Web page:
“My parents sold their house for $1.1 million in Vancouver and moved to a lovely home in central B.C for $500,000. They pocketed nearly $600,000.”

anonymous, commenting in the Vancouver Sun 9 Feb 2011 2:11pm“My parents sold their house for $1.1 million in Vancouver and moved to a lovely home -waterfront in central B.C for $500,000.They pocketed nearly $600,000.They have lots of cash to make 3 or 4 westjet trips to Vancouver ,Hawaii every year.The rest is invested.They love having some money and investments !”

7 responses to ““My parents sold their house for $1.1 million in Vancouver and moved to a lovely home in central B.C for $500,000. They pocketed nearly $600,000.”

  1. This is unprecedented in the history of this country. I hope bulls realize this. Vancouver = Ireland 5 years ago.

    • Nick, what exactly is unprecedented? Vanc RE players have seen numerous bull and bear markets over the decades. Also, I don’t quite get the Vanc vs Ireland comparison. Anyway, are prices at the high end of the range? Most certainly yes (however, I’ll bet that this $1.1M home would likely sell for more now). Will prices retreat back to 1970’s levels? No, not a chance. Our good ol’ monopoly money just doesn’t buy what it used to (and the problems are only just beginning). I just took the wife and 2 kids to the movies + dinner (Whitespot) last weekend. Cost me over $150. Of course, had we gone to the hockey game, we would have spent 4x that amount.

      Hopefully, these folks know how to invest their money or else that $600k (which isn’t is much as they think) won’t get them very far especially if they plan on living large like quasi-jetsetters for more than just 5-10 years.

      • Van RE players need to take a good look around and be a little more critical of the current debt-fueled boom. Van RE players are high on helium right now. They don’t have the salaries to suport current prices. It’s a trend that can last for a while and be great fun to follow and profit from. Everything is more expensive now, as you point out, but housing in way out of whack and will correct accordingly.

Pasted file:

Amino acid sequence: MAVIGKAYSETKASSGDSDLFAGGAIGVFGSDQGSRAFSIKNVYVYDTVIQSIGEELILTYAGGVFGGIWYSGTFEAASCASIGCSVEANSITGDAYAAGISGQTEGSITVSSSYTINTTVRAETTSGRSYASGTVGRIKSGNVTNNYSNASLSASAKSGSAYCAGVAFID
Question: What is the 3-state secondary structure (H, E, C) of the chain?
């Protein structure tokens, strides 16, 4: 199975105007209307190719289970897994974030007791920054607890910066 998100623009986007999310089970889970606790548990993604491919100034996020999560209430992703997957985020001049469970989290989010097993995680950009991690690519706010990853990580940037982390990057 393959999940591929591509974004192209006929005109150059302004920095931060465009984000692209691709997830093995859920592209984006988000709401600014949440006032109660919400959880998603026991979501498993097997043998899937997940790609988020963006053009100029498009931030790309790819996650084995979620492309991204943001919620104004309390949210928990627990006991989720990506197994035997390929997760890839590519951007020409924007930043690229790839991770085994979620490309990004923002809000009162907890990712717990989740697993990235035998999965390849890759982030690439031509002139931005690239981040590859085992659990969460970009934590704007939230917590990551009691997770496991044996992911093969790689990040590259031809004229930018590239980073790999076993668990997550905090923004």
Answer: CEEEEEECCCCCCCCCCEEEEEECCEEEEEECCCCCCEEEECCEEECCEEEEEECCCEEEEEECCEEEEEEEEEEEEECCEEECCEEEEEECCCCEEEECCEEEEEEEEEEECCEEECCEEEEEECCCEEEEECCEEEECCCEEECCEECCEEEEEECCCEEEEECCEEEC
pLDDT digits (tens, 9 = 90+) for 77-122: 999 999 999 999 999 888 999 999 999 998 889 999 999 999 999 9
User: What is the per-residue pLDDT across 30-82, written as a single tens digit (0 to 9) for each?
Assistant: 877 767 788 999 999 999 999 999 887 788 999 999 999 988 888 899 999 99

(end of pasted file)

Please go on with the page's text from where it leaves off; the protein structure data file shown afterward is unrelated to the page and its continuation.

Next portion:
People with kids and great cars and dinners to attend to make way more money in Bel-Aire than in Van and yet Bel-Aire is cheaper than Van at this moment. Let this sink in for a moment.
        The current issue of Vanity Fair has a great story on the Irish boom, and great insight on income vs housing prices.
        http://www.vanityfair.com/business/features/2011/03/michael-lewis-ireland-201103

    • Good for the couple. That’s a wonderful profit and I’m sure that everyone is pleased with the outcome. Sadly, I don’t think their child could hope to follow the same plan today.

  2. I’m halfway through the Vanity Fair article (“When Irish Eyes Are Crying,” by Michael Lewis). Every couple of paragraphs I’ve been struck by the parallels to our situation here in Vancouver. Ireland is interesting, because in some respects it might be a better parallel for Vancouver than the United States. The US is such a vast economy, that even down on one knee, it’s still a heavyweight. Ireland is the provincial society that suddenly blew up grand — with a bad result. Something about that dynamic feels closer to home than what’s occurred across the entire US real estate market. Although BC is part of a much larger country, our geographic isolation, our relatively small population, our history of being outside the centers of power, does have an “Irish” aspect to it. And perhaps that isolation can lead to becoming ungrounded, or disconnected in certain ways. There was obviously an insularity to the Irish mentality during their bubble. I feel something of that insularity here in Vancouver.

  3. Pingback: “There was obviously an insularity to the Irish mentality during their bubble. I feel something of that insularity here in Vancouver.” | Vancouver Real Estate Anecdote Archive

  4. CanuckDownUnder

    But if they had waited they could have bought for $300,000 and pocketed nearly $800,000. Still, nicely played.

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